While these recent developments may have hurt some of the smaller and less efficient producers of wind turbines, It has provided an opportunity for dramatic growth to those producers who have poured resourced into R&D and have managed to stay ahead of the curve. One such company is the Sinovel Wind Group Co which currently holds the largest share of the domestic wind power product market. Companies like Sinovel and other leading manufactures will no doubt look to acquire the assets and holdings of other smaller firms who have not fared as well during this boom bust cycle. Experts predict that the industry will enter a so called ¡°consolidation phase¡± and we should expect to see a wave of mergers and acquisitions taking place.

Edward Lehman, managing director of Lehman Lee and Xu commented that ¡° What we are current seeing is the bust of a once booming industry. As in any period of bust we can now expect to see the rapid and dramatic reorganization of this industry. We at Lehman Lee and Xu look forward to assisting this industry reorganize and get back on its feet as quickly as possible so that China can continue on its path to becoming a world leader in renewable energy production.¡±

The corporate department at LEHMAN, LEE & XU includes one of the best Mergers and Acquisitions teams in China. In the past, we have advised acquirers, targets, sellers, financial advisors, institutional investors, and special committees of public and private companies in both negotiating and contesting transactions. Our extensive client list ranges from small start-up, high-technology companies to large and experienced private and public corporations.
With varied experience in the field of Mergers & Acquisitions, we have provided transaction support in the structuring and execution of M & As. Our highly praised Mergers & Acquisitions team of lawyers provides advice to public and private enterprises. As one of the most experienced M & A teams in China, we realize that we are constantly learning from our clients' experiences, always supplementing our knowledge and advancing our legal practice and knowledge.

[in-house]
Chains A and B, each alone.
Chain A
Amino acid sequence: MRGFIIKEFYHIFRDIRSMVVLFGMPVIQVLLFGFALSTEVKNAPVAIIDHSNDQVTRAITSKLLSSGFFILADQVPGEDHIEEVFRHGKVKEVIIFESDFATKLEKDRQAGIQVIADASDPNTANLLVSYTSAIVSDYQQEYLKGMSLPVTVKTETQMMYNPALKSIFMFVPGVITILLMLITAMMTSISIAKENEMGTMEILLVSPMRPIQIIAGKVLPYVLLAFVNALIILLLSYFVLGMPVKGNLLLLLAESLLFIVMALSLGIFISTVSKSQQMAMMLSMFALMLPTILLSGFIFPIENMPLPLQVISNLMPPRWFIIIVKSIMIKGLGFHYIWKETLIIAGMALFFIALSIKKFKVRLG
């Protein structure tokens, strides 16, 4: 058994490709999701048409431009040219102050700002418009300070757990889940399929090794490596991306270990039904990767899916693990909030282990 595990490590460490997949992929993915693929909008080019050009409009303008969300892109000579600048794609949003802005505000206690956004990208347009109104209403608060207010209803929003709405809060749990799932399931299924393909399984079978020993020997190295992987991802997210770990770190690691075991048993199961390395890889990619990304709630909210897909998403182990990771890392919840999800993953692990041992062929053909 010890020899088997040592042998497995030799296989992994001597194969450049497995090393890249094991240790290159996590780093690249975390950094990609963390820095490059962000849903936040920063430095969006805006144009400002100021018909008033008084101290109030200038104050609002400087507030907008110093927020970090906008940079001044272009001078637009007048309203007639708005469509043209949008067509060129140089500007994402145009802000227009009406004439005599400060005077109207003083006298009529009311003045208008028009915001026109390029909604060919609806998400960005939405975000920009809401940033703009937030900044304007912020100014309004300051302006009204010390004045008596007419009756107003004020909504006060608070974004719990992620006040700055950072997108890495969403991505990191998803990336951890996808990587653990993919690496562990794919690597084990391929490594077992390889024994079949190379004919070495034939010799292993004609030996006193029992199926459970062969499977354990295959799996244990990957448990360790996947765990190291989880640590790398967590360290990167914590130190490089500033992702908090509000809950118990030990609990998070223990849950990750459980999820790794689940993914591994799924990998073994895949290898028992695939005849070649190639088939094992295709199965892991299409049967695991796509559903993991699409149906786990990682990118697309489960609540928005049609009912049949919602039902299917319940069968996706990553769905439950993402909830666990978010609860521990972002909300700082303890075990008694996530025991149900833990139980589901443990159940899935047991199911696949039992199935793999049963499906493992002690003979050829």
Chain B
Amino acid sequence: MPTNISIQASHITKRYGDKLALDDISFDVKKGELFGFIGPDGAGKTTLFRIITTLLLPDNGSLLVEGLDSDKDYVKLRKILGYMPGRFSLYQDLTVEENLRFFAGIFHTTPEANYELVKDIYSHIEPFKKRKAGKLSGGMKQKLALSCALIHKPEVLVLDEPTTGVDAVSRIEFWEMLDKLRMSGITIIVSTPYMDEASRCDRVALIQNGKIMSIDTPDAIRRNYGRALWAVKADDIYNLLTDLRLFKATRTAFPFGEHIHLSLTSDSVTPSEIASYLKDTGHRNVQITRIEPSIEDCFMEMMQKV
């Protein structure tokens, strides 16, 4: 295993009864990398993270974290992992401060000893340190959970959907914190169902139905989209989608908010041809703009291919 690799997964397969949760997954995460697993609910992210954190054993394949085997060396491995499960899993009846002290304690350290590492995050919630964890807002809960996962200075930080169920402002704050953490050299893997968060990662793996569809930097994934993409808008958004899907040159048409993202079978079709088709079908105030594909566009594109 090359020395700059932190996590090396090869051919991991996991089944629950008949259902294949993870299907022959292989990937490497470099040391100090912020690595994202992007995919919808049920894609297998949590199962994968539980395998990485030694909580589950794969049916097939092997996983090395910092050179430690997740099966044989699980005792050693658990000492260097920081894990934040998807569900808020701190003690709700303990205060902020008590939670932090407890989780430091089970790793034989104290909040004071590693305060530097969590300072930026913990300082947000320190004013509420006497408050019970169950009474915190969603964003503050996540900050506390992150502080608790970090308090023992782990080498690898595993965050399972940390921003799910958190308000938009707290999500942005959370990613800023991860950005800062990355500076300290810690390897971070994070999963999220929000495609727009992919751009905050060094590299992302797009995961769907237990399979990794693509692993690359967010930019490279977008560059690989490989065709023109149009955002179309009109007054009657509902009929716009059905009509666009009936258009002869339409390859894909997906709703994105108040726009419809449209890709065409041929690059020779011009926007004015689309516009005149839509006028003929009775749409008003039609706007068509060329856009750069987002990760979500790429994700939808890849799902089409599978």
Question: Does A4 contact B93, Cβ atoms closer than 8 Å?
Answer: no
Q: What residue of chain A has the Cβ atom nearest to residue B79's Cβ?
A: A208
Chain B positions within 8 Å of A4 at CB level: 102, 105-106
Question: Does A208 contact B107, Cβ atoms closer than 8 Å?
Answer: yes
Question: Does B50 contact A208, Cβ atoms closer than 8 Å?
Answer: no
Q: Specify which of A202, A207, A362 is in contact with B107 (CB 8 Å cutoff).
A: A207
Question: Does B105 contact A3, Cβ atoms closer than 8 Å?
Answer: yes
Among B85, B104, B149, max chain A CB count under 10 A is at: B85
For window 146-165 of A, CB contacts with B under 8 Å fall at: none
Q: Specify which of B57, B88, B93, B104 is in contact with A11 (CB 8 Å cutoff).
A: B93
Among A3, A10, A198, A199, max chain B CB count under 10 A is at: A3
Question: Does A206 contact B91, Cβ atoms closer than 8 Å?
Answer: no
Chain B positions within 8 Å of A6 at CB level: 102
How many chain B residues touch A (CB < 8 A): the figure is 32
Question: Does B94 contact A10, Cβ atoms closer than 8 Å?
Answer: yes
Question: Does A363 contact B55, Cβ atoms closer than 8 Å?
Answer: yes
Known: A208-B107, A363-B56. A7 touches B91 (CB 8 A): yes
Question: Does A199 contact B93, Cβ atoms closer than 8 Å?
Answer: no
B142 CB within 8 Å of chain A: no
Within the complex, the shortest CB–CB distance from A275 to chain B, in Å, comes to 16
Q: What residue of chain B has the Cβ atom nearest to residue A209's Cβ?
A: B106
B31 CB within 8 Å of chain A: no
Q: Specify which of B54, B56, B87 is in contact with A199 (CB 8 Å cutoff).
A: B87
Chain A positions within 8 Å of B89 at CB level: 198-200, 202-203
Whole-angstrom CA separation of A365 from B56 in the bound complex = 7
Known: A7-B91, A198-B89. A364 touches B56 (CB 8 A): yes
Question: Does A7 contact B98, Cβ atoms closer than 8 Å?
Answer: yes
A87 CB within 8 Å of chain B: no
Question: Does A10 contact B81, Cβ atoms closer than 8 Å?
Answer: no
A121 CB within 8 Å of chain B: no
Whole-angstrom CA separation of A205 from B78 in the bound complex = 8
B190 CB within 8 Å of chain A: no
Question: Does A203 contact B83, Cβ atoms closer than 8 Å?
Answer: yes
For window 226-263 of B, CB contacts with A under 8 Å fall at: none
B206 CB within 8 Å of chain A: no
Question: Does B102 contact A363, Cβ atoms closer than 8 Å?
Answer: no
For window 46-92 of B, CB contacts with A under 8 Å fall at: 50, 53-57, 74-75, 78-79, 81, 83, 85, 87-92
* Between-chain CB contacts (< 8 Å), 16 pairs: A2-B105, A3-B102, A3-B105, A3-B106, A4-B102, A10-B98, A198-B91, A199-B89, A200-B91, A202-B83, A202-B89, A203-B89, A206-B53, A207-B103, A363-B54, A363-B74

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China Business 1 Comment February 23, 2010, 11:11 am

IPR Update: Counterfeiting arrests

Sam Engutsamy, February 11 2010

Markets such as the Silk market, the Pearl market, and Yashow are famous amongst foreign visitors to Beijing looking for a deal on fake goods. At any of the above places counterfeit watches, bags, shoes, wallets and much more can be haggled down to an impressive and affordable price. However, in light of recent arrests how long is this all likely to last for?

I recently read a Chinese news article announcing that the once general manager of Beijing¡¯s Silk Market, Wang Zili, had been detained by police for allowing the sale of counterfeit products and bribe taking. Wang Zili, who resigned from his post in July 2009, faces allegations that he supported, and even encouraged retailers to sell illegal goods.

The article also outlined that a Silk Market vendor had been sentenced by the courts to three and a half years for selling counterfeit bags, including brands such as Louis Vuitton and Gucci. As well as imposing a custodial sentence on the individual, the courts fined him 10 000 RMB (approximately 1500 USD)

Intellectually property right protection has long been seen as a serious issue for many foreign corporations looking to enter the China market. Progress is however being made. Recently, Strix, a company established on the Isle of Man, successful won a patent infringement case against two domestic Chinese corporations, who were fined in total 9.1 million RMB.

During my nine month sprint in Beijing, I have come across a number of obvious and blatant fakes such as Paul Smith trainers, Ray Ban sunglasses, and Armani watches. The demand for such products is extremely high. A pair of genuine Ray Ban sunglasses which may cost 195 USD for example, will set you back (if you¡¯re a good bargainer) around 25 RMB in one of the above markets, which is approximately 3.65 USD, around a 98% mark down in usual RRP. The price may be great, however you are loosing out on the high quality production standards, uncomfortable fits, and likely breakable within a matter of days.